Wednesday, December 16, 2009
Mack Brown's $2 million raise
Having complained about Jim Calhoun's $1.6 million salary, I think I'm obligated to take issue with a raise that dwarfs Calhoun's entire salary. Mack Brown is now making $5.1 million a year as a football coach through the year 2016 (or until the next raise). A resolution of the UT Faculty Council said the deal was "unseemly and inappropriate." This resolution has drawn its own share of criticism. The UT president pointed out that the athletic program, under Brown, has had no subsidies or deficits and has channeled $6.6 million into academic programs in recent years. This is the same version of the argument used to support Calhoun's salary -- namely, the athletic programs more than pay for themselves, so they can pay their people in the millions of dollars. Just today I heard ESPN personalities Mike Greenberg & Tony Kornheiser accuse the UT professors ("eggheads," in Kornheiser's parlance) of being completely wrong on the economics.
What the commentators are missing -- or, at least not talking about -- is that the "market" for college coaches is a grossly distorted one. There is a lot of money floating around college sports -- primarily through TV contracts, but also ticket sales, team endorsements, licensing, and advertising. But that money has nowhere to go, other than to the schools and the coaches. The NCAA places strict limits on what players can get from their university -- only a scholarship. And NBA and NFL rules essentially require that players spend time in college before entering the pros. So what we have are athletes who must spend time in college to pursue their profession but cannot get paid for it. So the money goes instead to the coaches.
If you have any doubt about this, just look at baseball. Baseball has a thriving minor league system; there is college baseball, but you need not go to college to get into the pros. How much do college baseball coaches get? This article says they make about one-sixth what football coaches make. This one (from 2007) says that the highest paid college baseball coach makes $600,000. Or look at pro football. Only four NFL coaches made more than Mack Brown last year (according to this estimation). Thirteen made less than $3 million; five made less than his raise.
If we are going to keep the system we have, let's be honest about it. We now take talented young athletes and use their skills to fund our universities. The coaches help facilitate this -- and they are taking more and more off the top. There are reasons to support this system, but saying that coaches "deserve" this money because of a distorted market is not one of them.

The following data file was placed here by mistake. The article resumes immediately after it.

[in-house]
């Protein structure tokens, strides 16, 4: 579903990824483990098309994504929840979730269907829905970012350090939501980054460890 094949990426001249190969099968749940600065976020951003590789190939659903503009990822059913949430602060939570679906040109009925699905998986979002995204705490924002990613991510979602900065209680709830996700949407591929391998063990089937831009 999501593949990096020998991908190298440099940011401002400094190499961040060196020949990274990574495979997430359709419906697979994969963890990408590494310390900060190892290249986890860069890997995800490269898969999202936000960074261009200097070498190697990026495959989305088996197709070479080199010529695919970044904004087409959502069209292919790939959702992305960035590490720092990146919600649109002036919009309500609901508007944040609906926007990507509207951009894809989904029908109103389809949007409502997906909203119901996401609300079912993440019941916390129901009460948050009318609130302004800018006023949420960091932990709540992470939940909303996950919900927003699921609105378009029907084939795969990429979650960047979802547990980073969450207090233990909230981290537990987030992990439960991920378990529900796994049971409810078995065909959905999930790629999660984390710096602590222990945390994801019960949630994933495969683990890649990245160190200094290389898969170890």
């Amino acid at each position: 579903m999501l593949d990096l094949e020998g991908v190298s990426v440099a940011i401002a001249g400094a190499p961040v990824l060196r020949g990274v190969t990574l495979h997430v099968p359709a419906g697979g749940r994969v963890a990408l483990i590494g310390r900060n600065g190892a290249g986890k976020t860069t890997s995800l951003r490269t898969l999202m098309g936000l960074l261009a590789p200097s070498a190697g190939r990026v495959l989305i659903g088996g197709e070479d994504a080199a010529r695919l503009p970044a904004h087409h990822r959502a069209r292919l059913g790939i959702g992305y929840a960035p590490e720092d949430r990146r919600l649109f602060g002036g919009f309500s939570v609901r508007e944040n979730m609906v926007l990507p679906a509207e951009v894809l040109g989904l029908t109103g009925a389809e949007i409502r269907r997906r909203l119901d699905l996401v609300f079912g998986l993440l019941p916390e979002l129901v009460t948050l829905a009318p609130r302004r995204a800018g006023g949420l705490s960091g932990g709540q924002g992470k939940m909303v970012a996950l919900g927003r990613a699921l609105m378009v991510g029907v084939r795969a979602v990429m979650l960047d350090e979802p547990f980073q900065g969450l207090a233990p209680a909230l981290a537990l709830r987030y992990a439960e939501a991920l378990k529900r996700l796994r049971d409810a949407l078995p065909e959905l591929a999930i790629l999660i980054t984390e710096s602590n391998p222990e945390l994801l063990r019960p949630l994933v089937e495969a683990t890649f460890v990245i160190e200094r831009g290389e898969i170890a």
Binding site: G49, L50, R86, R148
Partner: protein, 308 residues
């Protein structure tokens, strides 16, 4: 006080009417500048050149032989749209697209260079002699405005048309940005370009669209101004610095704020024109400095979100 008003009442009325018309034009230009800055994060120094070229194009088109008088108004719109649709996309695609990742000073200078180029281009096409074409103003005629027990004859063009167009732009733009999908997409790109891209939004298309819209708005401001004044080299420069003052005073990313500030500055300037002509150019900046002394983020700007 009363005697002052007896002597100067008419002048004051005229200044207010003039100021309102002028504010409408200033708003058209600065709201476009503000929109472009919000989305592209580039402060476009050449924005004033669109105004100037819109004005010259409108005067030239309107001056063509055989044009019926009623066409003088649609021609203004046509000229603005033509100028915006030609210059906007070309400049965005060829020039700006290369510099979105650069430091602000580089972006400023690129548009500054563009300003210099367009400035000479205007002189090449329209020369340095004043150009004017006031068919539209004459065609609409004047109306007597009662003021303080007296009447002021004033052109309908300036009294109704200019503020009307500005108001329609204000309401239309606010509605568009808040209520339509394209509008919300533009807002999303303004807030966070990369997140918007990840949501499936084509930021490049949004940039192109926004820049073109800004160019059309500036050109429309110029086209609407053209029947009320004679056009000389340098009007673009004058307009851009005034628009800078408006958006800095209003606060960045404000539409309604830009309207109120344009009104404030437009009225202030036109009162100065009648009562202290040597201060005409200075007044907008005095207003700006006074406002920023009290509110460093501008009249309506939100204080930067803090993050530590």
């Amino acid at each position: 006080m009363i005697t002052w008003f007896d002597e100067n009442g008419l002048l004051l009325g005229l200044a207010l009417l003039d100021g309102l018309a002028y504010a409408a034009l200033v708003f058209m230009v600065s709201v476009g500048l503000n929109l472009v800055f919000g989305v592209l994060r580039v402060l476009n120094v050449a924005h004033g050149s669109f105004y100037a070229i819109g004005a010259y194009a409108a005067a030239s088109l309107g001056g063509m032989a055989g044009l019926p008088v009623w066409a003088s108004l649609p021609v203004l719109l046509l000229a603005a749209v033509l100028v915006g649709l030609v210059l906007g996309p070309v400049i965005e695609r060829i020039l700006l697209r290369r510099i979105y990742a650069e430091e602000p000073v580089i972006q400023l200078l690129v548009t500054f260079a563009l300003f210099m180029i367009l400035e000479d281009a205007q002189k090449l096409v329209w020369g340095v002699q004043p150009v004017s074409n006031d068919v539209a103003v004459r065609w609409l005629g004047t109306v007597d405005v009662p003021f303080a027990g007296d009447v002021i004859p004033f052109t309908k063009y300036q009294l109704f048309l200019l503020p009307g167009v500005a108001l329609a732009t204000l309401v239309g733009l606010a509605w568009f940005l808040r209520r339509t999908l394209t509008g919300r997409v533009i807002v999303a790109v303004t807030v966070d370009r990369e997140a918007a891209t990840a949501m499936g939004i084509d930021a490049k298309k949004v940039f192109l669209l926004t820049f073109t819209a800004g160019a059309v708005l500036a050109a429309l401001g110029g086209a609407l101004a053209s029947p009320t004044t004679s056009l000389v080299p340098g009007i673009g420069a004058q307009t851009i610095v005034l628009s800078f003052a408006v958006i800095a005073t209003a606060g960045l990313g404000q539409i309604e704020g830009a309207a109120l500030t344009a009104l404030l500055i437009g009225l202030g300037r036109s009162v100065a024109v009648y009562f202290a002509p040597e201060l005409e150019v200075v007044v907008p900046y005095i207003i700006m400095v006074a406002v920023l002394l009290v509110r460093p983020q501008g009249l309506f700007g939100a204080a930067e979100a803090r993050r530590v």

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Great post, Matt -- as always. Only wish you posted more . . .
Posted by: anoninklyn | Dec 16, 2009 6:22:45 AM
My take on this is here: http://lawandcourts.wordpress.com/2008/05/17/college-sports-pays-your-salary/
Posted by: Jeff Yates | Dec 16, 2009 8:50:00 AM
Hey Matt -
This is a complicated issue, I think. On the one hand, in theory it's inaccurate to say that student athletes get nothing of value from their participation. They get a free education, which at some schools could be worth in excess of $200,000. That kind of argument depends, of course, on a belief that the student athletes are actually getting an education. That, unfortunately, is the real underbelly here. Graduation rates among athletes in the revenue sports are embarrassingly low at most schools with successful programs. And even graduation rates are deceiving because some who graduate are leaving with worthless degrees. We could solve some of this problem simply by enforcing meaningful requirements that the schools actually invest the resources in making a high percentage of the kids graduate with real degrees.
On the pay point - you're right, the market is distorted. But it isn't obvious that paying players would necessarily lead to lower coaches' salaries. It could just mean that there'd be less money to give to academic programs - or, in the case of those many programs that already lose money, even greater subsidies to sports programs. That's because some of the explanation for high coaches' salaries in football and basketball has to do with the school's visibility and alumni interest, etc. You just don't see schools using other sports for those purposes.
The final issue about player pay is the question of which athletes get paid. Only a few sports ever make any money for a school. I doubt a rowing team ever even broke even. Should those students get paid too, since they put in a lot of time practicing? There's a distinction to be made, undoubtedly, since the school isn't using the rowers to make money. But at many schools the football and basketball programs pay for most of the other programs. At Notre Dame, football pays for every other athletic program on campus, and it still sends more than $5 million to the academic side.
Posted by: Mark McKenna | Dec 16, 2009 9:09:06 AM